Designer Aaron Draplin Talks His Book, His Posters, His Way

international2016


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In front of the Virginia House of Burgesses on a late March afternoon In 1775, American politician and Founding Father Patrick Henry gave the world his immortal quote, “Give me liberty, or give me death!” and at the end of those words pulled a paper knife to his throat, in feigned self-assassination. The paper knife, the potential weapon. The modern day letter opener. A letter, a long-dead civilized way to communicate before the rise of the email and the text. Mr. Henry had his liberty, and now his mock-death construct, in 2016, has had its death.

Or has it. Oregon-based designer and illustrator Aaron Draplin is a purveyor of junk—the lost, the tossed off. The merchandise of Draplin’s own Draplin Design Company is as practical as the man himself. 12″ rulers, pencils, and coin purses. Combs. A pill box. A letter opener. All with the same stoic imprint of the DDC name. These minor trinkets, as they may be, all play an important role in the life of the user. Just as Patrick Henry did, Draplin understands the importance of a sturdy letter opener.


Aaron Draplin’s trade is design. His traveling show “Tall Tales from a Large Man” is Draplin on stage, slideshow-ready, telling his story. Not the story of his career, but his story. It’s a powerful presentation of how he not only created his company and brand but also how he created his life. Draplin is a talker, and with the release of his all-encompassing book Pretty Much Everything, we see Aaron Draplin the writer.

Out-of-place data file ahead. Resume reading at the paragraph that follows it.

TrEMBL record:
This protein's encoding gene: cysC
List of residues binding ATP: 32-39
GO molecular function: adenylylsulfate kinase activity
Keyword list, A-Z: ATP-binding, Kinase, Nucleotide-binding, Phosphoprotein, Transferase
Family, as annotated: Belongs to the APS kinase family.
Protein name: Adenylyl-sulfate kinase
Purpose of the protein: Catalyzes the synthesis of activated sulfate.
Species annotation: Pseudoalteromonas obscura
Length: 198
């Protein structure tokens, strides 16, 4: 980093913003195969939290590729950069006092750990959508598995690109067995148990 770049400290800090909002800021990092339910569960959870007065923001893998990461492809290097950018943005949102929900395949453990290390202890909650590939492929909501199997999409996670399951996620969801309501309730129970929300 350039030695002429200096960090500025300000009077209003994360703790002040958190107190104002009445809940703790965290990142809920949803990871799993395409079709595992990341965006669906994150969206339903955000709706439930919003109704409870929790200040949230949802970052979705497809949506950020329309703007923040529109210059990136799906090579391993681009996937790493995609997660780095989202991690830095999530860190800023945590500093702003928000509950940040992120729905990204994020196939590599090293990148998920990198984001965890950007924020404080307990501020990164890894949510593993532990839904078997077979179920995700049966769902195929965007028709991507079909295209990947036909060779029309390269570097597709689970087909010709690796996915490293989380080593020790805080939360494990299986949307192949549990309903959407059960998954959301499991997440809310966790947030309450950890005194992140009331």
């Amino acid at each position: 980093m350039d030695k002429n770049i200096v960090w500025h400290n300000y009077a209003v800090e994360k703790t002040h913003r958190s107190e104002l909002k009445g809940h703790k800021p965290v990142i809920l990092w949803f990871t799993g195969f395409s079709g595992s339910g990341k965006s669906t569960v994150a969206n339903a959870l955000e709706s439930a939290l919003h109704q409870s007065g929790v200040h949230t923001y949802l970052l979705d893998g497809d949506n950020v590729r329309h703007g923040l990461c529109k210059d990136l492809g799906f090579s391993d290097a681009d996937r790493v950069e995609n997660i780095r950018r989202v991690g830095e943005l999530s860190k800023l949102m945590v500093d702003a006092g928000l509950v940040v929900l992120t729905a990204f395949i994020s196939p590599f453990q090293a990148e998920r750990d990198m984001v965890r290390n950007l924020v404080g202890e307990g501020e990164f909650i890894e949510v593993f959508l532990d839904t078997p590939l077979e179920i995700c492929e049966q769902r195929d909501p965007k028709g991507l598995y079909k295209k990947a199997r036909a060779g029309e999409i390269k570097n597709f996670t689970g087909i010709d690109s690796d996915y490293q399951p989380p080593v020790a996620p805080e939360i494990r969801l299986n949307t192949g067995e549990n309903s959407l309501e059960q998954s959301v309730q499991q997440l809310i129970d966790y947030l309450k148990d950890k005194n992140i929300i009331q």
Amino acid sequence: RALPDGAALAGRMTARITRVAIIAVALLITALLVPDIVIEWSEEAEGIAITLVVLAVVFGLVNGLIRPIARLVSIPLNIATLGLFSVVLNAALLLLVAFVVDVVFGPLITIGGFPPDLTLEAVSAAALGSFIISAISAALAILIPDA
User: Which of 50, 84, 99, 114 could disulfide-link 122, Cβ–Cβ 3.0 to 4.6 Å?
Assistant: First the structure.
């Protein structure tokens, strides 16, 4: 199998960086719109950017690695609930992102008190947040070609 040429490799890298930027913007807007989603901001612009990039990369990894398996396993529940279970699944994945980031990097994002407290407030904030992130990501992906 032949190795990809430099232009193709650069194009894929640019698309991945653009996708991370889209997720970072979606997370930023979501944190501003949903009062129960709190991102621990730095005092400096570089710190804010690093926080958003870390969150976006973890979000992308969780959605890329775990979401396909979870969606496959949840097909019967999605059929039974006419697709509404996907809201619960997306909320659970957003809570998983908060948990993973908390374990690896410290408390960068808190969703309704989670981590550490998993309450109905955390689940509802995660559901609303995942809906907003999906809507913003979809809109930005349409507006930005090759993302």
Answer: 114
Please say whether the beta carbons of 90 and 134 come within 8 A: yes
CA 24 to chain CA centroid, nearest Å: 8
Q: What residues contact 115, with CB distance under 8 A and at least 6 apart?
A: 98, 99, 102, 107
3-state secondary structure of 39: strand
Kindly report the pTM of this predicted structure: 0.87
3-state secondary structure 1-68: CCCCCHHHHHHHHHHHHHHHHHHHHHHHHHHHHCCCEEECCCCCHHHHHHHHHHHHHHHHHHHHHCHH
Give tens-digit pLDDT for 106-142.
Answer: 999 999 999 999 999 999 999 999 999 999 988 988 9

The book breaks down something that all of those aware of Aaron Draplin already knew — there is no separating the man from his work. His voice is in each logo and magazine layout. His taste for classic design is in his collection of “junk” and in the design of the book. No page corner or centimeter of paper-space is free of his touch. Of his voice. Pretty Much Everything is an in-depth dive into Draplin’s life—his youth, his travels, successes and failures. They’re all here, everything, wonderfully cataloged in what can only be seen as a design book as autobiography, but then again, there is no separating the man from his work.

 

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From Draplin’s line of Field Notes Memo Books

From Draplin’s line of Field Notes Memo Books

CJ: I first ran into Field Notes in a small shop in Portland around 2010 and immediately felt they were made for me. Up to that point, I was making my own notebooks out of scrap paper. A Moleskine was too expensive for the simple note taking I do, but a 3 pack of Field Notes at $10 is an easy buy.

AD: All according to plan! My very favorite thing about Field Notes is the $9.95 price. In the bookstore in Iowa, and in the menswear shop in SoHo — still $9.95. I’m proud of that.

Too many times, design or art or cool stuff is only for those who can afford it. I like stuff that does the job and doesn’t break the bank in the process. And usually, the stuff mass-produced far away is affordable, but lacks in craft and you can feel it when you pick it up. Field Notes is made in the states, by your friends, and, at a reasonable price. So proud of that.

Interior of a Field Notes memo book

Interior of a Field Notes memo book

The notebooks show an incredible love of detail – there’s a ruler on the edge, suggested uses, and notes on the production of the book down to the type of stapler used for binding. It’s both a serious tool and an item that doesn’t take itself too seriously.